Settling old scores
It is unlikely that revolutionary fervor was the only thing that drove Mohsen to jump ship. By joining the opposition movement, Mohsen and other defectors from the regime are not so much heralding a new era for the Yemeni people as settling old scores.
For decades, Mohsen served as the regime’s iron fist, helping Saleh win a bloody civil war in 1994 against southern Yemen before crushing a series of rebellions by the Houthis, a rebellious Shiite-offshoot group in the north, in a campaign that displaced millions. Relations between the two took a turn for the worse a few years back when Mohsen became convinced that Saleh was secretly grooming his son Ahmed, also an army general, for the presidency.
A classified US embassy cable released by Wikileaks revealed how the Yemeni military told their Saudi counterparts to bomb a site in the northern region of Saada that turned out to be Mohsen's base. The extraordinary plot was foiled when the Saudi pilots, sensing something was wrong about the information they received from the Yemenis, aborted the air strike.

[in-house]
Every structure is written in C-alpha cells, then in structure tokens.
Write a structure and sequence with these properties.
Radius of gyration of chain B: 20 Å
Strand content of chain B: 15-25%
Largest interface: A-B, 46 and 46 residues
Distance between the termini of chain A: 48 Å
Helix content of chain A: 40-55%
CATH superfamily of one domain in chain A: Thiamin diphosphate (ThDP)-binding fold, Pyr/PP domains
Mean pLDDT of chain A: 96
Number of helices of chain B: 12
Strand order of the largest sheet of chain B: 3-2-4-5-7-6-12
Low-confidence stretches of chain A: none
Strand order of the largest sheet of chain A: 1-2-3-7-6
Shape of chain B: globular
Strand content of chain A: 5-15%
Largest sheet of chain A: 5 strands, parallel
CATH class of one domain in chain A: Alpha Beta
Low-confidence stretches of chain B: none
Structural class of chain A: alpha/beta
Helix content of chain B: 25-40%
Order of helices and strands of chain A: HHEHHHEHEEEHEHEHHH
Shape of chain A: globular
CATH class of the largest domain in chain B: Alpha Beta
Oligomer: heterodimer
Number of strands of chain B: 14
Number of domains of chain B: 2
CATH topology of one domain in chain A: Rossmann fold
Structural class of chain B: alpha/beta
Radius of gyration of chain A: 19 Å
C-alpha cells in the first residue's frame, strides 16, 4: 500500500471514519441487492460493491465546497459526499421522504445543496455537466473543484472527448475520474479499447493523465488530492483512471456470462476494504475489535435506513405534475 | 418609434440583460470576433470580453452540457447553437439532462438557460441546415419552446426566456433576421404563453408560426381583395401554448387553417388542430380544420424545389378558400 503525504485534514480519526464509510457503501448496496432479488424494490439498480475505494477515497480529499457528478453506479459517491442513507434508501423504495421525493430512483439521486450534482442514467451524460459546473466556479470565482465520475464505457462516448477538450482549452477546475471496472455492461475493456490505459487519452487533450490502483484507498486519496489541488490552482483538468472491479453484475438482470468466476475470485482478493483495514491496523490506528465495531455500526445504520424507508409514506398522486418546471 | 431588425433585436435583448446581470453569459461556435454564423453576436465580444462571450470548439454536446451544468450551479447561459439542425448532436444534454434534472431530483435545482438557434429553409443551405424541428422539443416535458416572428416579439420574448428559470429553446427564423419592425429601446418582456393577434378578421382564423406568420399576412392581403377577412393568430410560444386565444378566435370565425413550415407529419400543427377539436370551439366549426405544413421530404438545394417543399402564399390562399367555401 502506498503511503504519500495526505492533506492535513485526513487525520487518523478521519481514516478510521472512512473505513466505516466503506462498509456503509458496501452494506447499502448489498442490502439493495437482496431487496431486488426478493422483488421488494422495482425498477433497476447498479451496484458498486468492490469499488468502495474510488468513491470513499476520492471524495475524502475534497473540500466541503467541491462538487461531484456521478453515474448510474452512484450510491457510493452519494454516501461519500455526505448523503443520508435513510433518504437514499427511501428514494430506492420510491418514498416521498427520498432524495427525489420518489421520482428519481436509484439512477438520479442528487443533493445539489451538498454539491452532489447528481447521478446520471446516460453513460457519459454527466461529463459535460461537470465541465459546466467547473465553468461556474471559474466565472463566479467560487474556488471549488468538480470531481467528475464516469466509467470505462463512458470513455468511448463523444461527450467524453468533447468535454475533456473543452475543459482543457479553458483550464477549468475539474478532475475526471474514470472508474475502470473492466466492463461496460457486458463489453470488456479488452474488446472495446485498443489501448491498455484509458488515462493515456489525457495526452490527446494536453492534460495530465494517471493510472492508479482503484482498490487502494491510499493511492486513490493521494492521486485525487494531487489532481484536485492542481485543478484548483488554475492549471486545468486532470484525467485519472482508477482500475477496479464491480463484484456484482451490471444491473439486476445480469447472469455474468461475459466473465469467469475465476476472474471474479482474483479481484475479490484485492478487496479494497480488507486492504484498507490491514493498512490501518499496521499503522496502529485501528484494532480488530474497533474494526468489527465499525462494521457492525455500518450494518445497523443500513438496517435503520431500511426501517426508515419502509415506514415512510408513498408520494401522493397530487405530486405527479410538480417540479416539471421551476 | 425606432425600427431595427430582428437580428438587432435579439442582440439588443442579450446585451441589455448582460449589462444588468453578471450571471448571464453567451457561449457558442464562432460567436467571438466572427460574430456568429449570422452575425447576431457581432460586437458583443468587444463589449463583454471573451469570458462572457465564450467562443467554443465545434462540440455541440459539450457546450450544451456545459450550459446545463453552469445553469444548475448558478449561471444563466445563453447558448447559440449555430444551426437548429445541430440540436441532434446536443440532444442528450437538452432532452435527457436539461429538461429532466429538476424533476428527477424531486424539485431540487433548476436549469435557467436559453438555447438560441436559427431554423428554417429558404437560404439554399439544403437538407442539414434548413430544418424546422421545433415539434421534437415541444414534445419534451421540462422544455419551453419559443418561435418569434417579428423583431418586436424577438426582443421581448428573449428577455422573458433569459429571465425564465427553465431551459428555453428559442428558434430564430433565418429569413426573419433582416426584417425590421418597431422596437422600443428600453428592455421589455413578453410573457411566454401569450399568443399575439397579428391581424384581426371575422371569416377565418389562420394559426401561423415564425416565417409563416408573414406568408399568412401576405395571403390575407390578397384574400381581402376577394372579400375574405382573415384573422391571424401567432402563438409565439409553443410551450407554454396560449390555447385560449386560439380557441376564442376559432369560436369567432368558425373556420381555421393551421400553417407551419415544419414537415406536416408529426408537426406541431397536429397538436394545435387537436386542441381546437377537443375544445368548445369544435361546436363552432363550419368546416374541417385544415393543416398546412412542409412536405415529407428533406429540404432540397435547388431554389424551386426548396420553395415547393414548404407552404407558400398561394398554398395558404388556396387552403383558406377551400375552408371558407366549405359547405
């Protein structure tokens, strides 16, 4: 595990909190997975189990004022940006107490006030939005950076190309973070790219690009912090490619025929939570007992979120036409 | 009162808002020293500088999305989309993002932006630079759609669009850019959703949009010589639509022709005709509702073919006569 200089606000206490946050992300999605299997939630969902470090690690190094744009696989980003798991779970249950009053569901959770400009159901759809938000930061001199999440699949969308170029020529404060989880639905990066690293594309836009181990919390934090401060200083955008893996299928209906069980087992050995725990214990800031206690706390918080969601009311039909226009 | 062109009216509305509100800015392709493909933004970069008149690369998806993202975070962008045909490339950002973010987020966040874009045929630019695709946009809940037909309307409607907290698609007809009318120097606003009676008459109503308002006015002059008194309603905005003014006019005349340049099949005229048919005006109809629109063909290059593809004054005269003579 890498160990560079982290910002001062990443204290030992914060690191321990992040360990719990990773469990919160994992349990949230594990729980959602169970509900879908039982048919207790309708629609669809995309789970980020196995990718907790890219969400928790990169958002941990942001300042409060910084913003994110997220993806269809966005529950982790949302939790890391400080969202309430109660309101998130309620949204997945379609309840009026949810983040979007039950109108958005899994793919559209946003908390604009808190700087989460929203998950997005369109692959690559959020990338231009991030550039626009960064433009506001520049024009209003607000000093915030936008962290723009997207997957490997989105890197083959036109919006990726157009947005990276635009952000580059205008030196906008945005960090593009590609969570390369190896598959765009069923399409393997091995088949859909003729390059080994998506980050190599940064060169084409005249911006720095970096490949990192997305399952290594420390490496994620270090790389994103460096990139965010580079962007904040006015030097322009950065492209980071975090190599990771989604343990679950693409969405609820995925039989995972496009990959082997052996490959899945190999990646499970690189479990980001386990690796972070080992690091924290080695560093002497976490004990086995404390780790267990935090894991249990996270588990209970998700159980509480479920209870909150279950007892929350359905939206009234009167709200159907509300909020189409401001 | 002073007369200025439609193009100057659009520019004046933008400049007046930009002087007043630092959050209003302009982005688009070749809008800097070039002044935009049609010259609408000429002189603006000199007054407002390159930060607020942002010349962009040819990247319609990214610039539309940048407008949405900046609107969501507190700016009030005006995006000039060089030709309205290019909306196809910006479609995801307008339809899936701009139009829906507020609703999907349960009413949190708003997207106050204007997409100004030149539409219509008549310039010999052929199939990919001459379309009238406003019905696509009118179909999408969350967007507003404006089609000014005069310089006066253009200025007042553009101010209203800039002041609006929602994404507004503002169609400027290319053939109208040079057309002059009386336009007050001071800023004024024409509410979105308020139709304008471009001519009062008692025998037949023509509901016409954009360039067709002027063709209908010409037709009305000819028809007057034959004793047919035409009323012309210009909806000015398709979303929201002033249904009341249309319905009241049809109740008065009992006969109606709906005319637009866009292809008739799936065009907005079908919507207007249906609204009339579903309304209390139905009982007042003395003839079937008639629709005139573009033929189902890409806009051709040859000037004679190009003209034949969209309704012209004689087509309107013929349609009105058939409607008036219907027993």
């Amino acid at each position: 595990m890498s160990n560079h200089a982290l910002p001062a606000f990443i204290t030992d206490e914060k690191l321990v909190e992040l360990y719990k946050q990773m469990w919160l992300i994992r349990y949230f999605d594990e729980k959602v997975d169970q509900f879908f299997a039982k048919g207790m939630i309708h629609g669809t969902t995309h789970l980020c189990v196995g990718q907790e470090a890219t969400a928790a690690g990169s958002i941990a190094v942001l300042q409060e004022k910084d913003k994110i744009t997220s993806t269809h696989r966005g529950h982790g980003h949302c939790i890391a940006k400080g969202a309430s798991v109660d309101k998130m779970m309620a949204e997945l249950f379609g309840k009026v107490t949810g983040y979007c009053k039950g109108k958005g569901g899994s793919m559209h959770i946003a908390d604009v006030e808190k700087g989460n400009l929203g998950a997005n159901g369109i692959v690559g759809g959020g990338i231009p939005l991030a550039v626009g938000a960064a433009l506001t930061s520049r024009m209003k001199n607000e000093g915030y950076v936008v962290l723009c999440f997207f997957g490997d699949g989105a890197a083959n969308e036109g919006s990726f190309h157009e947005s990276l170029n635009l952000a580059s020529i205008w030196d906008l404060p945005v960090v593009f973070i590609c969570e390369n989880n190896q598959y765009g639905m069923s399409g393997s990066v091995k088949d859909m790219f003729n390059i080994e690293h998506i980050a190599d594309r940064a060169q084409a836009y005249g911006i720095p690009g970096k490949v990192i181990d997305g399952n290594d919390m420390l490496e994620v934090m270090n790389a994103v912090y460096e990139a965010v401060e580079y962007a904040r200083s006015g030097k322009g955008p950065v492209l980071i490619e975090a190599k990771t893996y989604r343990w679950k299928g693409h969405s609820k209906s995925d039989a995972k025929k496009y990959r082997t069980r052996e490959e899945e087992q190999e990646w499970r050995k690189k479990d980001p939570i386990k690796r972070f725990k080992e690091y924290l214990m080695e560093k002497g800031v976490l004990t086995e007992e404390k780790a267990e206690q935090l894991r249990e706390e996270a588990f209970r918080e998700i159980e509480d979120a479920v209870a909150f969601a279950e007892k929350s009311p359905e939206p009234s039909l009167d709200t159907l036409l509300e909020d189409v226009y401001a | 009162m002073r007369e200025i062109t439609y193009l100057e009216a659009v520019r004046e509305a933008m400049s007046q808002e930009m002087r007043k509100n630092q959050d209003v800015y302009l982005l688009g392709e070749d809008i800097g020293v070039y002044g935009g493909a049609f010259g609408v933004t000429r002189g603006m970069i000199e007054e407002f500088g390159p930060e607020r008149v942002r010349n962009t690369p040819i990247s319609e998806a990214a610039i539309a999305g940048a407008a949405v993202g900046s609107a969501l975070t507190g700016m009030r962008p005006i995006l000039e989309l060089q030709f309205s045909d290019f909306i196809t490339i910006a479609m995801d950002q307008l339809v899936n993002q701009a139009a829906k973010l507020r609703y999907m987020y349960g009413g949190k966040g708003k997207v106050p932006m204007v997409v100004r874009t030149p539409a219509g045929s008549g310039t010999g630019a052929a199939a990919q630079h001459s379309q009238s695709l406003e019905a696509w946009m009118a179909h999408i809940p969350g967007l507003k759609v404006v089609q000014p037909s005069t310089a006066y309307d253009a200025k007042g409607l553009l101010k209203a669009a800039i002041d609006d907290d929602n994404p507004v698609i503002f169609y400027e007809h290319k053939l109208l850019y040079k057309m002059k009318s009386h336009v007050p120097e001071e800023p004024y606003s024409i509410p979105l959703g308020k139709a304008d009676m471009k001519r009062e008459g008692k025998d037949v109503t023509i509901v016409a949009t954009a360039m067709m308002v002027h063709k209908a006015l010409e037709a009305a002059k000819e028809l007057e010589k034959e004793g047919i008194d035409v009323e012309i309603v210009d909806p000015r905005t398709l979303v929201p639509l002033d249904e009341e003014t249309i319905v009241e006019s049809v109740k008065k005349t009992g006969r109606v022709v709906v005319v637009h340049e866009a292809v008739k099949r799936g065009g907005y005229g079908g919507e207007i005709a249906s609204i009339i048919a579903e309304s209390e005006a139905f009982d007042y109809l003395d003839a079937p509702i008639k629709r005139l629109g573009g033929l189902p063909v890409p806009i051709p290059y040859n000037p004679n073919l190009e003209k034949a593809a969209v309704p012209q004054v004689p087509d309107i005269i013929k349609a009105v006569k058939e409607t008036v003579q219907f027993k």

Since Saleh's return, Mohsen has shown no sign of softening his stance. Last week the wayward general lashed out at Saleh in a statement calling him a "sick, vengeful soul" and comparing him to the Roman emperor Nero, fiddling as his city burns.
Another fear surrounding Saleh's sudden reappearance is that it may end up drawing Yemen's powerful tribal leaders back into fray. When Saleh was airlifted to Saudi Arabia in June, Sadeq Al-Ahmar, the grizzled-bearded sheikh heading Yemen's most influential tribe, the Hashid, swore "by God that he would never let Saleh rule again."